How Does the New Toyota Hilux Compare to the Tacoma?
The entirely separate trucks now look slightly more similar.
The Toyota Hilux is one of the most popular trucks around the world, but it's very different than the similarly sized Tacoma pickup that is hugely popular here in the United States. After a recent update, the Hilux looks a lot more like our Tacoma than it did before; the freshened Hilux also receives a new interior and more powerful diesel engine. Here's a quick rundown of the similarities and differences between the two Toyota pickups, which share a global reputation for toughness and indestructibility:
Hilux vs. Tacoma: Exterior Styling
The new Hilux borrows the Tacoma's trapezoidal grille design, but arguably, the foreign-market truck has sleeker headlights and a more streamlined overall front fascia design. It also features sharper body lines and wheel designs. Toyota is also offering an Invincible model that features a more rugged exterior with lots of cladding.
Still, the Hilux definitely screams "global market pickup!" thanks to its relatively large (in proportion to the body size) headlights and taillights, as well as its sleeker body sculpting. The U.S.-market Tacoma, by comparison, is blocky, with thin, squinting headlights and bulging fender flares blistering from a relatively squared-off, simple body shape.
Hilux vs. Tacoma: Interior Styling
While the Hilux and Tacoma have somewhat similar exteriors, the interiors are laid out quite differently. Open the Hilux's doors, and you'll find a practical cockpit with an 8.0-inch multimedia screen compatible with Apple CarPlay and Android Auto. A digital clock sits just above the screen. Invincible models are quite plush, offering blue illumination on the front and rear doors, as well as perforated leather seats.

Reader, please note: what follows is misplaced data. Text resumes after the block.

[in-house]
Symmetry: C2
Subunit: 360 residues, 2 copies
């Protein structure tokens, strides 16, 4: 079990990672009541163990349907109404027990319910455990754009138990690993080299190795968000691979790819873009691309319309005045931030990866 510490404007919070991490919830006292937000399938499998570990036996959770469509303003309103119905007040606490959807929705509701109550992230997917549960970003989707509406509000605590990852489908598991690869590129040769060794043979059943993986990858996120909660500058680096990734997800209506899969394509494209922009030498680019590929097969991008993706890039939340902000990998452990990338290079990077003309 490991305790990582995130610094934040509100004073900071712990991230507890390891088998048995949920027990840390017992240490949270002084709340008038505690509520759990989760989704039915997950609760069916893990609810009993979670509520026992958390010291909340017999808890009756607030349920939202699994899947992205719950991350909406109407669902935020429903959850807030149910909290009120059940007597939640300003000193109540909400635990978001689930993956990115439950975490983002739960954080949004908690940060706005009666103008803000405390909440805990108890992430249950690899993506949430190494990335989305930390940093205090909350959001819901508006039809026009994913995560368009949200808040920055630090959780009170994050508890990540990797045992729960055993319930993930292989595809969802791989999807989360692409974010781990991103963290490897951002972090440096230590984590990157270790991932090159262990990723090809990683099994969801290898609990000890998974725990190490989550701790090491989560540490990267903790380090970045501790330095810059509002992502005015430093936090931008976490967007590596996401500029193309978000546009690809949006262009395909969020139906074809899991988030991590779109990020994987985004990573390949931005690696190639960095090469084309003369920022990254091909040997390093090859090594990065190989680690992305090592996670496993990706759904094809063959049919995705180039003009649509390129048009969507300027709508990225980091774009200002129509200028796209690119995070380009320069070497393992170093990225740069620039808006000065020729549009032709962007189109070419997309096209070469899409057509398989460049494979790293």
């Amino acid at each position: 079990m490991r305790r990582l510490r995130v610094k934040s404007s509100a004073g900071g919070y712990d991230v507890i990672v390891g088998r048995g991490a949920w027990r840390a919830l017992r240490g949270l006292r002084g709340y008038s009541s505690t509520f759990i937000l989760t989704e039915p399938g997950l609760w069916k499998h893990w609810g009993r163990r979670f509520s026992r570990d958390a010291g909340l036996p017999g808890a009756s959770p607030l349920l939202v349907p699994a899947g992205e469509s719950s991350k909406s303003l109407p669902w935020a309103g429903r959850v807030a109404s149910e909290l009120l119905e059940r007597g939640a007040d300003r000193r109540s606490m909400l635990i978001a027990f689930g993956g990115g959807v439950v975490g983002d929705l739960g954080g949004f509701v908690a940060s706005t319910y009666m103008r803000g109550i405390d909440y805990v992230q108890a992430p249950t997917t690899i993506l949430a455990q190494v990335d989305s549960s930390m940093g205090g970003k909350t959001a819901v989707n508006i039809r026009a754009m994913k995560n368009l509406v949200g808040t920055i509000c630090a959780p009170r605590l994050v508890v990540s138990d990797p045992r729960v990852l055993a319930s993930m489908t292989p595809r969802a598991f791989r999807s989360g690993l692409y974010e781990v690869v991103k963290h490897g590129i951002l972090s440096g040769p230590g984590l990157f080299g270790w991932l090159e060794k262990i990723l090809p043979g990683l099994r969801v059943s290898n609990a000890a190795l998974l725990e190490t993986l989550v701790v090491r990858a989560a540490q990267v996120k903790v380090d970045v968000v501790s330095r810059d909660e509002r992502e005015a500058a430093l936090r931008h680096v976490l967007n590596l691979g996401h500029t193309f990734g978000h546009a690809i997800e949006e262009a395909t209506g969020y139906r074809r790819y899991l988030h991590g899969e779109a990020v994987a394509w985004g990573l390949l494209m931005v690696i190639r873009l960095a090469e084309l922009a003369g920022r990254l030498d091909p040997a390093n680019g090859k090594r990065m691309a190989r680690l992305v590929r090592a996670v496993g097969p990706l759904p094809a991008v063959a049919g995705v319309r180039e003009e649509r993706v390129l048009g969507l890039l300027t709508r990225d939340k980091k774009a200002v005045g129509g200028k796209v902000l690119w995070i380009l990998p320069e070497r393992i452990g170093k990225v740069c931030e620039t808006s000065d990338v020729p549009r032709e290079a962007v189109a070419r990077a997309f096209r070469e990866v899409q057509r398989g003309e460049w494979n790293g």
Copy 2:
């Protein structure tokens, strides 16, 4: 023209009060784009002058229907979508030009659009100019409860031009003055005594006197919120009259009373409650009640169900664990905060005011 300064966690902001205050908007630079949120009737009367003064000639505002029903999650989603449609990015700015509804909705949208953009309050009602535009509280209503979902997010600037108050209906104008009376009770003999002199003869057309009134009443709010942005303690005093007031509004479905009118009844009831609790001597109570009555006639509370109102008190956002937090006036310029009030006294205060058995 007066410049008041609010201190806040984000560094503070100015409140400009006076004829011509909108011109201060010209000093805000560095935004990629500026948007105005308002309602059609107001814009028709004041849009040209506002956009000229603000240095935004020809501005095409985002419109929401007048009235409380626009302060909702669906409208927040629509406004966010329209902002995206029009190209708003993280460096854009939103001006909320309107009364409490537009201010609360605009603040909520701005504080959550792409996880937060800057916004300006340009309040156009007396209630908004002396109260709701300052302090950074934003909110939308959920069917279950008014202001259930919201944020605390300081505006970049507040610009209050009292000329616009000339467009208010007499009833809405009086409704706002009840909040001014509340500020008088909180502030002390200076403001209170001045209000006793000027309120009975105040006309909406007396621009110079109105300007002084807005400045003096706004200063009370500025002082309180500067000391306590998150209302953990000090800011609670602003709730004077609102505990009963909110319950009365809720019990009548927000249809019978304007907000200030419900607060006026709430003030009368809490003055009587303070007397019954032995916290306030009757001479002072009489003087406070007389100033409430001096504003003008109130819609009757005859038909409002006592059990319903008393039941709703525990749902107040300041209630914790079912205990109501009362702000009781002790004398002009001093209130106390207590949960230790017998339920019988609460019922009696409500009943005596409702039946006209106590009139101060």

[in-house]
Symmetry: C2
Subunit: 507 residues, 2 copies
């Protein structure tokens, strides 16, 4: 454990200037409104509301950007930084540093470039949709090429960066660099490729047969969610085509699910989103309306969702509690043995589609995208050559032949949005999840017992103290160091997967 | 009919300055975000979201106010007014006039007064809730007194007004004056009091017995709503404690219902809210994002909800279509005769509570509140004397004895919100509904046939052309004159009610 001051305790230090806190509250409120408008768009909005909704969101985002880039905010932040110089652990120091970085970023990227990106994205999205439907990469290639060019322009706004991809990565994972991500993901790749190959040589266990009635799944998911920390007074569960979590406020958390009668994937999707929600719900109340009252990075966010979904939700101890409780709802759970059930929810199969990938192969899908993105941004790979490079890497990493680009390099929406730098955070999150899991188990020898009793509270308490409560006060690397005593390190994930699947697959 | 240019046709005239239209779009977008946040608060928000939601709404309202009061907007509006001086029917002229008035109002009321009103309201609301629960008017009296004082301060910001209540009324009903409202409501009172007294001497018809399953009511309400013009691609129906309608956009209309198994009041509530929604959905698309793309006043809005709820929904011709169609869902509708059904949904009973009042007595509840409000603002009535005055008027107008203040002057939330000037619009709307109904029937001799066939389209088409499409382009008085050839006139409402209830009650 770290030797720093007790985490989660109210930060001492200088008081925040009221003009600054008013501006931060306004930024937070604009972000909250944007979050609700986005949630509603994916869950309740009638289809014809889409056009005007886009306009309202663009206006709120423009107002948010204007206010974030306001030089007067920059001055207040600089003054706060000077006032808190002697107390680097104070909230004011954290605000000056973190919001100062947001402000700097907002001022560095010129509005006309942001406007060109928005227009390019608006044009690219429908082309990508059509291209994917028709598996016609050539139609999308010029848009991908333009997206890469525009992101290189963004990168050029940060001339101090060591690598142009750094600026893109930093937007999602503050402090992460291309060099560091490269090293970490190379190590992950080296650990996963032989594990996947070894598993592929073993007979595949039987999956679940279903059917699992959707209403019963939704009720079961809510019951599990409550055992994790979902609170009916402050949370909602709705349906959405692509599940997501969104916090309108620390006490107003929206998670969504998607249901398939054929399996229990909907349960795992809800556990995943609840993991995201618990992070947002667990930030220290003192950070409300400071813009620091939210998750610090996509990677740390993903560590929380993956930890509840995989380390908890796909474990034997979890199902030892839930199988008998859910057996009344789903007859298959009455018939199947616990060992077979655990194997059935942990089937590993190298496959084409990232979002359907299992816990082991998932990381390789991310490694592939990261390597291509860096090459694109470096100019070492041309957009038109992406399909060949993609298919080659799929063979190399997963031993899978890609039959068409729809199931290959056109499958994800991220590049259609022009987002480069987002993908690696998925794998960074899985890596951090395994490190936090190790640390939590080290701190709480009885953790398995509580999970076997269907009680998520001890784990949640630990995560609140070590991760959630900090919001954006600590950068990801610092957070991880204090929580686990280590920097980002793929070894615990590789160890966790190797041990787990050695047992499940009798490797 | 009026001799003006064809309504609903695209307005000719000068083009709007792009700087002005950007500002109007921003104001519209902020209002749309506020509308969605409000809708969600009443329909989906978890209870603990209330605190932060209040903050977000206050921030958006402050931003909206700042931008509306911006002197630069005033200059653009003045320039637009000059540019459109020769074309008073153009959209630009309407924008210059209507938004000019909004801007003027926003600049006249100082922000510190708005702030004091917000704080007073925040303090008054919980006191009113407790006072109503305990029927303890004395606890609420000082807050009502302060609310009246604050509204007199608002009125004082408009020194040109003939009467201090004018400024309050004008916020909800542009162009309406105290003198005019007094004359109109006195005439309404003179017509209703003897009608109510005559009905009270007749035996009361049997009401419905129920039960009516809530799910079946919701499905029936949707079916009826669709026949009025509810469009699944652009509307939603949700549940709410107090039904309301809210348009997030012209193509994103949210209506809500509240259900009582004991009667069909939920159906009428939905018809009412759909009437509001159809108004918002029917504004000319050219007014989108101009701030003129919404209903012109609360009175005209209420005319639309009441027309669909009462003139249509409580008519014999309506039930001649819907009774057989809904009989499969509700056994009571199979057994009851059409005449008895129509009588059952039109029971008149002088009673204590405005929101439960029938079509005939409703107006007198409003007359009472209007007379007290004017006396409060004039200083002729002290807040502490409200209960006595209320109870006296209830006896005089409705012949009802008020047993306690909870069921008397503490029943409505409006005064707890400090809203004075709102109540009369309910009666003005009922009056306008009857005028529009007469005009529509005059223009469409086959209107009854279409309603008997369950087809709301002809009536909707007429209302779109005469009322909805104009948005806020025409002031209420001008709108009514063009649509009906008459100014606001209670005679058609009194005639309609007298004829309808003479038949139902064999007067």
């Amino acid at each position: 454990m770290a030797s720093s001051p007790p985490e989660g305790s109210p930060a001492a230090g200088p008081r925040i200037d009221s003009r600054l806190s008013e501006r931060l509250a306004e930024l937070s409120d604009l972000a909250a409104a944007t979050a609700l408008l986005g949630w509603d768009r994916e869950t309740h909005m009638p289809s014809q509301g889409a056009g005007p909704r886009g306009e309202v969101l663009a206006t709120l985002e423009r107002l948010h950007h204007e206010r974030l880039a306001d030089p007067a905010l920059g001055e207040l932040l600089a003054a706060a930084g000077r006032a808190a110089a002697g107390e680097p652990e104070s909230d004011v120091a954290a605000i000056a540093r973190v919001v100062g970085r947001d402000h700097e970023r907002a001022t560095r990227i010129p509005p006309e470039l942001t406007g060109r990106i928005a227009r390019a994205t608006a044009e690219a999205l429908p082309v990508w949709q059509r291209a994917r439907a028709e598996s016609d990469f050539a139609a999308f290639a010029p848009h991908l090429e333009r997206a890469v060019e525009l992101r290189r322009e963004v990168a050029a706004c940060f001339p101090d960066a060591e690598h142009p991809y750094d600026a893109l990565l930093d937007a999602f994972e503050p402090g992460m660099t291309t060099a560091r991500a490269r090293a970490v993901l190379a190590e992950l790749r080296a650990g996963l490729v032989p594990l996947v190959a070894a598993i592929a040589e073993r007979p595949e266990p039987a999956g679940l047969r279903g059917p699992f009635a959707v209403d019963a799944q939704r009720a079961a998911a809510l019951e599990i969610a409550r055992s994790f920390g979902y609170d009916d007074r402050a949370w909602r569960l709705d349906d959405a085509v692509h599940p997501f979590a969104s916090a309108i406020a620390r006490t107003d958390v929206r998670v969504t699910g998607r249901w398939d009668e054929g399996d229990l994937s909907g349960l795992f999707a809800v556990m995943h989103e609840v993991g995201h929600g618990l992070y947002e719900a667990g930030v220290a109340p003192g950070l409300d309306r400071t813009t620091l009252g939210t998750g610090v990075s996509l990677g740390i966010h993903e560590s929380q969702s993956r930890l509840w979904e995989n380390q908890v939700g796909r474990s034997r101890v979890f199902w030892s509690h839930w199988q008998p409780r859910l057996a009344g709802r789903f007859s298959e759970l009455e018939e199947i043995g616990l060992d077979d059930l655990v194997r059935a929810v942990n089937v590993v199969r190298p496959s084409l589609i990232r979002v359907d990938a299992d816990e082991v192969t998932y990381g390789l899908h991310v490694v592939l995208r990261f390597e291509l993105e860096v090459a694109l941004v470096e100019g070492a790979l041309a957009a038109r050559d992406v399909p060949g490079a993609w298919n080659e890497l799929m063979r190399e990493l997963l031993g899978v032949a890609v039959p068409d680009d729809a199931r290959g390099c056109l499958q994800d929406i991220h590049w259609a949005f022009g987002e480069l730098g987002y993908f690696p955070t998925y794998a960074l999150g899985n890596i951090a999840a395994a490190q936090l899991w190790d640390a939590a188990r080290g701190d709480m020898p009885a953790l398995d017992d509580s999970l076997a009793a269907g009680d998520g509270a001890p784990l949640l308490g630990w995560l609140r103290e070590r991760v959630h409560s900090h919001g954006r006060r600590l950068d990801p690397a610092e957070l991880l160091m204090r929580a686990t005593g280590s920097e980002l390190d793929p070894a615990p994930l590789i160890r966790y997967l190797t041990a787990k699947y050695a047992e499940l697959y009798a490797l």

The Tacoma's innards are—like its exterior—blockier and more overtly trucky in appearance. For 2020, Toyota updated the U.S.-market truck, adding a standard 7.0-inch touchscreen with Apple CarPlay, Android Auto, and Amazon Alexa integration. The automaker's Toyota Safety Sense suite of active-safety features is also newly standard across the board and includes adaptive cruise control, lane-departure warning, and automated emergency braking.
Hilux vs. Tacoma: Powertrains
A more powerful 2.8-liter diesel engine is available on the new Hilux, which is offered with a range of gas and diesel options. The burlier 2.8-liter (which would make an excellent addition to our Tacoma, where it'd go head-to-head with the identically sized diesel in the Chevrolet Colorado) makes 201 horsepower and 369 pound-feet of torque, and it pairs with either a six-speed manual or six-speed automatic transmission. Toyota says it has made improvements to the Hilux's steering and suspension systems to improve driver comfort, too.
There are fewer powertrain choices for Tacoma buyers, who can opt for either a 159-hp 2.7-liter four-cylinder or a 278-hp 3.5-liter V-6. A manual is available on the V-6, but only on the TRD Off-Road and TRD Pro trim levels, and with specific body configurations; everything else uses a six-speed automatic transmission. Two- and four-wheel-drive models are available, as are extended-cab and four-door crew cab body styles with either short or long pickup beds.
Hilux vs. Tacoma: Availability
The updated Toyota Hilux will roll out at different times in different markets. It launches in Eastern Europe in July, Australia in late August, and Western Europe in October. It will arrive in America, well, never. At least not in its current form. Those interested in a midsize Toyota pickup in the U.S. can only choose the Tacoma, which starts at $25,445 and ranks near the middle of its class.
This dynamic of two Toyota trucks in the same class for different geographic markets may not hold forever. We've heard rumors that the next-generation Tacoma and full-size Tundra pickups will sit on a common platform that will spread to all of Toyota's pickups around the world—the Hilux included, we presume. This move would help the automaker reduce complexity and save money.